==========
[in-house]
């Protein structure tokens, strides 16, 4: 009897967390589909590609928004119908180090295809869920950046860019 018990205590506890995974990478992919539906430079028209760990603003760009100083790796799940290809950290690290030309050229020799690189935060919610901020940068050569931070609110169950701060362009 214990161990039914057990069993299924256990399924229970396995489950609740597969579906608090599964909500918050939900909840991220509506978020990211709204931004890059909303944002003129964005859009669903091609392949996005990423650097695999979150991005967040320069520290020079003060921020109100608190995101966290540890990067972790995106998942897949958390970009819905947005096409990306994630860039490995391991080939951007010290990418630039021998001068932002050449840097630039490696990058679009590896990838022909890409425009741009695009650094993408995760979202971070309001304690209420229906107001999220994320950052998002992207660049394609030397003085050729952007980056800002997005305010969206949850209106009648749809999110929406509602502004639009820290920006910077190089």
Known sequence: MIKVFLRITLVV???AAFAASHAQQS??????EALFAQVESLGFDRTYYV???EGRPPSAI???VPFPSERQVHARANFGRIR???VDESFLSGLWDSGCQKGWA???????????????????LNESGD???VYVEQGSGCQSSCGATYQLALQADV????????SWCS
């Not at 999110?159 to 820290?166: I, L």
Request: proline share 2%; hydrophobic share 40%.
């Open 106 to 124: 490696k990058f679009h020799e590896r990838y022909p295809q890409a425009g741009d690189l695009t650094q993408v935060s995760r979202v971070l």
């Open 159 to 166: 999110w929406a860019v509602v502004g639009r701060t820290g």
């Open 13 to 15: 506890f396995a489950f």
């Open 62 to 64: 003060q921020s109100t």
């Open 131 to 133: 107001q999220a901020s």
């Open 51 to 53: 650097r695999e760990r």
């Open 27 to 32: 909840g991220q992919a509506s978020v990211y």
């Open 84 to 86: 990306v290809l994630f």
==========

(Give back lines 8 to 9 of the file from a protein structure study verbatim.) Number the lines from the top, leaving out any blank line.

């Open 13 to 15: 506890f396995a489950f």
């Open 62 to 64: 003060q921020s109100t």